When the PD/NEOMG asked the candidates to fill out a questionnaire on policy issues, Kasich simply refused to participate. Which was only consistent with his refusal to participate in any debates with FitzGerald (“the first time since 1978 that Ohio’s major gubernatorial candidates have not debated”), and also his behavior in a joint meeting with FitzGerald and the PD/NEOMG editorial board, where Kasich “slumped in his chair, refused to acknowledge the other candidates and ignored repeated attempts by PD staff to answer even basic questions about his policies and programs.”
Of course, Kasich doesn’t answer any questions about his policies and record because [click to continue…]
Two Saturdays ago I had a close brush with the Ebola virus. Laura Johnston of the Northeast Ohio Media Group has the details here, with commentary by Scene’s Eric Sandy here and others here, here and here.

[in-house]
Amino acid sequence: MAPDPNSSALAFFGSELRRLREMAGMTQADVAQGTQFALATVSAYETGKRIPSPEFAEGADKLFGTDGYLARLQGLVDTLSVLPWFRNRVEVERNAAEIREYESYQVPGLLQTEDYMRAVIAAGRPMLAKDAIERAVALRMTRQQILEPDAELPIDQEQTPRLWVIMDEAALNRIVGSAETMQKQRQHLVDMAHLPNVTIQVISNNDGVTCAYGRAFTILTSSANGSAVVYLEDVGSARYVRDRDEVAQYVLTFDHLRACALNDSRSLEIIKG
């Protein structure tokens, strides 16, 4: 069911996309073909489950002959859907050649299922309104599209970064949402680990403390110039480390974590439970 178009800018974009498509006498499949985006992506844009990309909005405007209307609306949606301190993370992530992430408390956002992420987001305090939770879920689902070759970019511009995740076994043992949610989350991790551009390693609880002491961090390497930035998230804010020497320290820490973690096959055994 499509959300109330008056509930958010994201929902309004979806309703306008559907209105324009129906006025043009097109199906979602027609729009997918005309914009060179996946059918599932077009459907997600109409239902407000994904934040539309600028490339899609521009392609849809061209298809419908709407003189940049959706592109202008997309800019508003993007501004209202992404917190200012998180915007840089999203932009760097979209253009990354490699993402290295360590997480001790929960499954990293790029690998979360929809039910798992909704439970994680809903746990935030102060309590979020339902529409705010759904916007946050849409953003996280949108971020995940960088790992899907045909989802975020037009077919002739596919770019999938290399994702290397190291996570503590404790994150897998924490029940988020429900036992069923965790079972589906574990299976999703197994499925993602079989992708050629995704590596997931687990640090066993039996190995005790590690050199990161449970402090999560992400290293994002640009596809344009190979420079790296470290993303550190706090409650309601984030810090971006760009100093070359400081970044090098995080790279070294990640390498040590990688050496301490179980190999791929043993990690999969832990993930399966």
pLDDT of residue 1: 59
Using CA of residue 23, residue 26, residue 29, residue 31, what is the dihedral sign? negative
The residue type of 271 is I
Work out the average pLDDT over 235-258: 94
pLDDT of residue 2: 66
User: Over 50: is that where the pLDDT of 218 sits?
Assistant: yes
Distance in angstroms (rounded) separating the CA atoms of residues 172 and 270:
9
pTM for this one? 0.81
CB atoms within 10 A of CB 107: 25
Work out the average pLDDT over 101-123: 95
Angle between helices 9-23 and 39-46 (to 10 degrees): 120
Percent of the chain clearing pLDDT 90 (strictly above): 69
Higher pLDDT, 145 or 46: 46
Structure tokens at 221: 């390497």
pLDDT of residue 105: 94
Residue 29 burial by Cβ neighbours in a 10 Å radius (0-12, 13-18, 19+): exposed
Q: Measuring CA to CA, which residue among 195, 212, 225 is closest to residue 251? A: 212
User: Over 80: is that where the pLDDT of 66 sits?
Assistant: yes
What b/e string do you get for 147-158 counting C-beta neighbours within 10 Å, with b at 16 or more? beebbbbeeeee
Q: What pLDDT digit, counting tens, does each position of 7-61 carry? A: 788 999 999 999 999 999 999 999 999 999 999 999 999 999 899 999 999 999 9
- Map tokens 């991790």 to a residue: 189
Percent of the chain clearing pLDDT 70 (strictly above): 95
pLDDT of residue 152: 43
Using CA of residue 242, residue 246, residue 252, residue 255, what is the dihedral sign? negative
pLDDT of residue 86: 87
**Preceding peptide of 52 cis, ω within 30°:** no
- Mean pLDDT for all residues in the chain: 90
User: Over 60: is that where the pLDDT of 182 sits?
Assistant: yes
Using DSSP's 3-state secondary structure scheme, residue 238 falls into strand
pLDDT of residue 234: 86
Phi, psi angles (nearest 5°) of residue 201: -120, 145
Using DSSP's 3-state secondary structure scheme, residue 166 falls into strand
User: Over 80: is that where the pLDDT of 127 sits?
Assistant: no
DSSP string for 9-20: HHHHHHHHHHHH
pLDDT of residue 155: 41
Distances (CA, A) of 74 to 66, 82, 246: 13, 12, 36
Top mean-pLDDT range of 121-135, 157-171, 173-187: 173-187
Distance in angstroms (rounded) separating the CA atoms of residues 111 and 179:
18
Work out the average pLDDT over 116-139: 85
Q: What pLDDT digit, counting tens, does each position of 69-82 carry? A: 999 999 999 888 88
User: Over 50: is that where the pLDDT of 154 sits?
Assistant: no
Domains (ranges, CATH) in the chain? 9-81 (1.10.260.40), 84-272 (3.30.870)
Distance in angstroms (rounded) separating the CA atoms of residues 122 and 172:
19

Of course, calling attention to a deadly virus that has little to no risk of spreading in the U.S. doesn’t threaten advertisers’ bottom lines any and only keeps eyeballs glued to screens, so we get a wall-to-wall freakout in the press. Meanwhile, critical problems that are exponentially more threatening to humanity continue to be ignored or misrepresented in the media because advertisers are by and large resistant to the structural change that’s necessary to solve them. If there’s a silver lining to this Ebola hysteria, it’s that it goes to show that we might actually have a chance at solving our real problems if we could only manage to have media that would present them as such. High hopes here in Cleveland, where the editorial page of our only “daily” newspaper is edited by a man who just wrote this column:
“If the climate changes, we’ll adapt,” says Kevin O’Brien.
Just like the dinosaurs did.
Anyway, speaking of things that will make you bleed from your eyeballs, the Browns [click to continue…]